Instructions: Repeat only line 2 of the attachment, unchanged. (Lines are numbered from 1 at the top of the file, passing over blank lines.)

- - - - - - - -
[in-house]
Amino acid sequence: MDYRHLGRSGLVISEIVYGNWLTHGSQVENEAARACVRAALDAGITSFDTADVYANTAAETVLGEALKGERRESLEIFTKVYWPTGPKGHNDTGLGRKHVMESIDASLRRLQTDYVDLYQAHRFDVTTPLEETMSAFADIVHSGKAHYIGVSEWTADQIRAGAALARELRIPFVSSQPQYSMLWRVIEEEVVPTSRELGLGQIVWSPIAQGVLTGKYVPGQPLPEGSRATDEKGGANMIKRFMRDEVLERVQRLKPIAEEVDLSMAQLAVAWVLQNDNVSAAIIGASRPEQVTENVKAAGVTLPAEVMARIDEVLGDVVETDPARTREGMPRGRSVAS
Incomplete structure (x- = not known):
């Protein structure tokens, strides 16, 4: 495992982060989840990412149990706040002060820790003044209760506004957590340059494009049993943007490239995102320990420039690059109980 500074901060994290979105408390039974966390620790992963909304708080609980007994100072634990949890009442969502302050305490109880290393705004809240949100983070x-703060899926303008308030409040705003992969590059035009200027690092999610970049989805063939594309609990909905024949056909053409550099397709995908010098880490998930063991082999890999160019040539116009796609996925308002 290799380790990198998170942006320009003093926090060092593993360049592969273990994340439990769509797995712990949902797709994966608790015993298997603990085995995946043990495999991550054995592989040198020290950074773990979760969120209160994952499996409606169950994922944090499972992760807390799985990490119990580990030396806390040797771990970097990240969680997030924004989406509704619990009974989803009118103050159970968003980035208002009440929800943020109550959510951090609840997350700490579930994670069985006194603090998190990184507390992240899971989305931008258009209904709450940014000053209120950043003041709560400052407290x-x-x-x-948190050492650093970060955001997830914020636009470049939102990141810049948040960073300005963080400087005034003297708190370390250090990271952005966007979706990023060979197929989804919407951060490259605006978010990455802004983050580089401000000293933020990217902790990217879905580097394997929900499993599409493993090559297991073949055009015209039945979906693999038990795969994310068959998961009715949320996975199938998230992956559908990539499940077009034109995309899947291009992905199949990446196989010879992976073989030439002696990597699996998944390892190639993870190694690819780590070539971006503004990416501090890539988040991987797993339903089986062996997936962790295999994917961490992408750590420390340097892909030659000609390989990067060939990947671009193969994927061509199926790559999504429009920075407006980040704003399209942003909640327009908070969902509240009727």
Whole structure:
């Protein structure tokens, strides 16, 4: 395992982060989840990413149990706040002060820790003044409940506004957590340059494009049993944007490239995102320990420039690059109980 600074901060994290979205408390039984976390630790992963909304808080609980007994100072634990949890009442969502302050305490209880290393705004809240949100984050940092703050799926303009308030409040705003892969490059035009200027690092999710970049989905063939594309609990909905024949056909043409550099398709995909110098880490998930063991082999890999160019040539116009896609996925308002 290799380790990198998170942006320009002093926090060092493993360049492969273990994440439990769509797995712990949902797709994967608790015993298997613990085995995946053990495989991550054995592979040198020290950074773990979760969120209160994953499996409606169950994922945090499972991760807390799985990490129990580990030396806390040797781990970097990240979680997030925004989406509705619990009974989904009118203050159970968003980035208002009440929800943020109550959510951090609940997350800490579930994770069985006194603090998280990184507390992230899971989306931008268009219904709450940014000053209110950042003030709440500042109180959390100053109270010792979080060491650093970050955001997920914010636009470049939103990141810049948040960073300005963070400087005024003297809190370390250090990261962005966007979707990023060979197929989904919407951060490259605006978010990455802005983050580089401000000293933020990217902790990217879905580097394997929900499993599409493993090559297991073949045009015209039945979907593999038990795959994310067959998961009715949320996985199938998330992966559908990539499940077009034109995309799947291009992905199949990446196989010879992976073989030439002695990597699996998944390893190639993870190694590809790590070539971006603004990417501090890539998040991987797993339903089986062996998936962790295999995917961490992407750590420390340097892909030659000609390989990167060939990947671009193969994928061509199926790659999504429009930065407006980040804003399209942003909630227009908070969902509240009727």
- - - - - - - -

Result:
Amino acid sequence: MDYRHLGRSGLVISEIVYGNWLTHGSQVENEAARACVRAALDAGITSFDTADVYANTAAETVLGEALKGERRESLEIFTKVYWPTGPKGHNDTGLGRKHVMESIDASLRRLQTDYVDLYQAHRFDVTTPLEETMSAFADIVHSGKAHYIGVSEWTADQIRAGAALARELRIPFVSSQPQYSMLWRVIEEEVVPTSRELGLGQIVWSPIAQGVLTGKYVPGQPLPEGSRATDEKGGANMIKRFMRDEVLERVQRLKPIAEEVDLSMAQLAVAWVLQNDNVSAAIIGASRPEQVTENVKAAGVTLPAEVMARIDEVLGDVVETDPARTREGMPRGRSVAS